Without turning he says, “Friends of yours?”
“They’ll try to detain me and I don’t wish it so.”
“So, they’re not friends?”
She laughs, a dry and humorless laugh.
“Young Fem, I’m here at the courtesy of the Regent of Regwin. I am no longer a weapon and have no wish to endure an altercation with the local Security Forces.”
“Not the point.”
She says, “Help me,” and then says his name.
He pauses the way machines are prone to do when dealing with teraquads of information. He turns, stops and pulls himself to his full posture.
The young man hesitates and the machine stops. The young man smiles and with his ocular systems he can see smile wrinkles around the young man’s tanned features pull into a reasonable facsimile of a smile. The young man starts to reach for something on his belt.
“We seem to have hit upon a misunderstanding.”
“I would love to have a conversation with you but first, I ask that you re-engage the safety on you weapon and you send the machine away.”
A long silence passes on the sandy silence.
“Son, you misunderstand. (There are several barely audible hisses under the old man’s cloak) I will walk away from this. Will you?”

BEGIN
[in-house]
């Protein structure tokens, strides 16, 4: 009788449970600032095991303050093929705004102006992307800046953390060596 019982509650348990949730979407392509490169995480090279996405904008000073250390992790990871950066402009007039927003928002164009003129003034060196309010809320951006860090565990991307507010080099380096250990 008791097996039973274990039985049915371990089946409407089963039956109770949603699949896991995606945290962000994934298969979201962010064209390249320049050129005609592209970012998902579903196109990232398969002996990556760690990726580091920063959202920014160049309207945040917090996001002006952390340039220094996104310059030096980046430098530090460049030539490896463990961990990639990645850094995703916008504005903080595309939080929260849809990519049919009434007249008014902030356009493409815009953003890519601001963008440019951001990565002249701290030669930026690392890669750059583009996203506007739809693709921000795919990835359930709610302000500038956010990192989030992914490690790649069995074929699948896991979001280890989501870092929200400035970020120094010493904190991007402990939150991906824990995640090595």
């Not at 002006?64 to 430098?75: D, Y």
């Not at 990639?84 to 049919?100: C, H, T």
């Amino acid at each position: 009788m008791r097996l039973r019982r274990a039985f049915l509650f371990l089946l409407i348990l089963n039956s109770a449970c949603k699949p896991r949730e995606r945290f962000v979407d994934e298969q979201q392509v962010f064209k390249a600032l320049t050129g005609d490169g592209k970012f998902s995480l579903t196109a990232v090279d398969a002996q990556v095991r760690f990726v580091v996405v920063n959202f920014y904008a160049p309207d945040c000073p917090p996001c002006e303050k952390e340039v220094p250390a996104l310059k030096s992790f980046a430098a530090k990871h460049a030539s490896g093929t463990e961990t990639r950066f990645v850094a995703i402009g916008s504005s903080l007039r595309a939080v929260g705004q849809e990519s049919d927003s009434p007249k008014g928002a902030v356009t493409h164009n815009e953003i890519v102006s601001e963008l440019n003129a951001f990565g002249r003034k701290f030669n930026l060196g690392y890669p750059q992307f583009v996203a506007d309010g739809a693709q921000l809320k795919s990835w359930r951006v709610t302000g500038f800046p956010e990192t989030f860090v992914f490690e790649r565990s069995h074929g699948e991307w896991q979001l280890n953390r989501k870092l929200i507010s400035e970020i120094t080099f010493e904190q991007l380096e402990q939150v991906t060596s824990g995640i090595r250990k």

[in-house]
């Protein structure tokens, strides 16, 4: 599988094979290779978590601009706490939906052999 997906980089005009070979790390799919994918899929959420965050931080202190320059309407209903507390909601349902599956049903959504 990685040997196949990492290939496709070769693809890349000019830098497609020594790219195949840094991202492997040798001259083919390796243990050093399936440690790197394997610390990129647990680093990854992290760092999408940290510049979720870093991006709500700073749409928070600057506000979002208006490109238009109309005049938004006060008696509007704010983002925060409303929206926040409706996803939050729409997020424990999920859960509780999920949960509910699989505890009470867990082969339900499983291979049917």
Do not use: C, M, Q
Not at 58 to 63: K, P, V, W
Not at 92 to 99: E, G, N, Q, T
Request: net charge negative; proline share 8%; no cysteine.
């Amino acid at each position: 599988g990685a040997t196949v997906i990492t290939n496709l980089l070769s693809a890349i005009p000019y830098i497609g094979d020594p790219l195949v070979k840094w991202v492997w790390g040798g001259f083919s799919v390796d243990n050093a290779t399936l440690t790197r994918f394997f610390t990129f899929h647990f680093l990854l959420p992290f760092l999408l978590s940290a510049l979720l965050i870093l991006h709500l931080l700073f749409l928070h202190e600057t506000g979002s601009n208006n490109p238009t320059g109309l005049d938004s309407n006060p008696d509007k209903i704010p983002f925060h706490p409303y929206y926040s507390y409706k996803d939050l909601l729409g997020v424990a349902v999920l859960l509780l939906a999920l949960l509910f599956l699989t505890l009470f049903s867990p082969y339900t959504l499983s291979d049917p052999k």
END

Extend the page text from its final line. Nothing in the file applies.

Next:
“This isn’t your affair, sir.”
“I declare that this is now my affair, now either do as I have legally requested or give it your best shot.”
The young man starts to touch something on his belt.
The young man lifts his hands and with a gesture dismisses the machine. It quickly scurries away. “You are impeding official security. They want her at Central.”
“Then they shall have to grow wiser by dealing with disappointment. Look, I have no wish to be a bother to anyone but I take her under my custody. Please contact Central and you’ll see that it is within my rights to do so. Go ahead, call them.”
The young man spends some time arguing with something in his ear. At length he sighs in deep resignation. Holds his hands up in surrender and turns to leave.